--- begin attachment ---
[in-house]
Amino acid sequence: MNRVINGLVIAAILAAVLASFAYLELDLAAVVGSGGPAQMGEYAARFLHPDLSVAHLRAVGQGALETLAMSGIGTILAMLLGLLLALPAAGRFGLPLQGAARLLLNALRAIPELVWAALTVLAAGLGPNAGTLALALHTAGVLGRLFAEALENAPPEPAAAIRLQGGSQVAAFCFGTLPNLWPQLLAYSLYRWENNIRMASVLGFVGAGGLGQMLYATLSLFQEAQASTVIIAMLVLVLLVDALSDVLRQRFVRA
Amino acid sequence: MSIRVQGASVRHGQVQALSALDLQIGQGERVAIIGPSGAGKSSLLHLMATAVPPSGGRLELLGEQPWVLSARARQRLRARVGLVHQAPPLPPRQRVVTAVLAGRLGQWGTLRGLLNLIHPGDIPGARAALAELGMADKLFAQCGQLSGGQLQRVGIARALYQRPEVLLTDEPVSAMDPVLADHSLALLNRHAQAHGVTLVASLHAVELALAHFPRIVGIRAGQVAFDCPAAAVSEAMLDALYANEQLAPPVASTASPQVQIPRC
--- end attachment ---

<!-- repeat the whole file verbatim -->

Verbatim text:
[in-house]
Amino acid sequence: MNRVINGLVIAAILAAVLASFAYLELDLAAVVGSGGPAQMGEYAARFLHPDLSVAHLRAVGQGALETLAMSGIGTILAMLLGLLLALPAAGRFGLPLQGAARLLLNALRAIPELVWAALTVLAAGLGPNAGTLALALHTAGVLGRLFAEALENAPPEPAAAIRLQGGSQVAAFCFGTLPNLWPQLLAYSLYRWENNIRMASVLGFVGAGGLGQMLYATLSLFQEAQASTVIIAMLVLVLLVDALSDVLRQRFVRA
Amino acid sequence: MSIRVQGASVRHGQVQALSALDLQIGQGERVAIIGPSGAGKSSLLHLMATAVPPSGGRLELLGEQPWVLSARARQRLRARVGLVHQAPPLPPRQRVVTAVLAGRLGQWGTLRGLLNLIHPGDIPGARAALAELGMADKLFAQCGQLSGGQLQRVGIARALYQRPEVLLTDEPVSAMDPVLADHSLALLNRHAQAHGVTLVASLHAVELALAHFPRIVGIRAGQVAFDCPAAAVSEAMLDALYANEQLAPPVASTASPQVQIPRC